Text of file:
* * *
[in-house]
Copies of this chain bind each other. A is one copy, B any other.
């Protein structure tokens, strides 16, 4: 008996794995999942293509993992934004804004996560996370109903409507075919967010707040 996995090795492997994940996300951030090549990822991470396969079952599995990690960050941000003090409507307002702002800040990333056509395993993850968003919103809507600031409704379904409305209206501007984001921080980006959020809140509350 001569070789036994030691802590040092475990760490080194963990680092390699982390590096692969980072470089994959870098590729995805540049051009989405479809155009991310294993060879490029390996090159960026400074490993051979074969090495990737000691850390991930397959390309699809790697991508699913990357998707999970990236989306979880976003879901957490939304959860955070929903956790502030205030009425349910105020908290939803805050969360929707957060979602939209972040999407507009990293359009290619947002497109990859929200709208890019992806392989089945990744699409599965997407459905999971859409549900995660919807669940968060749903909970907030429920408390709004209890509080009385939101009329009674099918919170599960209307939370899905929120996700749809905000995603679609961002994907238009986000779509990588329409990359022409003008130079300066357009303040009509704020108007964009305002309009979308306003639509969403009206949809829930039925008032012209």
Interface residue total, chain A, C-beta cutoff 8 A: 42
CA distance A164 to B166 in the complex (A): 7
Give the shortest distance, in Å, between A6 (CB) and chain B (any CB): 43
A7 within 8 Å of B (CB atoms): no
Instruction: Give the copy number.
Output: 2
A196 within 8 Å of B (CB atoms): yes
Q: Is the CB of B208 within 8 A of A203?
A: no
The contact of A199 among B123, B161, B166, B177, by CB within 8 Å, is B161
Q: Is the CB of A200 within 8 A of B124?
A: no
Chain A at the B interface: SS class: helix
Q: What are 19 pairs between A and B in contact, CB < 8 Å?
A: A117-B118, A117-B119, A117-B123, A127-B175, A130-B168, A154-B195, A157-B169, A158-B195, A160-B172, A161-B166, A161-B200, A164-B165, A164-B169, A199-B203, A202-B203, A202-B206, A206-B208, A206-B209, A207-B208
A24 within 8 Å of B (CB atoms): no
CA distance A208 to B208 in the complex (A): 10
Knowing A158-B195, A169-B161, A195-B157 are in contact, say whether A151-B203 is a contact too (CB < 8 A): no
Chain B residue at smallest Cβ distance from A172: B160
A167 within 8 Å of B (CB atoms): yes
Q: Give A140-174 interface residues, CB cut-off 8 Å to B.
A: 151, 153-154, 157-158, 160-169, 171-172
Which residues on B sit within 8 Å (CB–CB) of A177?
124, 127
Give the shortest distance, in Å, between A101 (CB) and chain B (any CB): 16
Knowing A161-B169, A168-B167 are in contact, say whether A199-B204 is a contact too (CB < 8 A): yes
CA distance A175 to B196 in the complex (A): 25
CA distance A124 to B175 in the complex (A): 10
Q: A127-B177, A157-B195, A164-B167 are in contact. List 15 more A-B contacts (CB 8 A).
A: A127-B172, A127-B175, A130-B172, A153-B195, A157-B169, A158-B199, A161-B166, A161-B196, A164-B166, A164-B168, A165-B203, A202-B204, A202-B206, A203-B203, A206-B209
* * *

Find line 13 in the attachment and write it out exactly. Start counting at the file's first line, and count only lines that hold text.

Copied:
The contact of A199 among B123, B161, B166, B177, by CB within 8 Å, is B161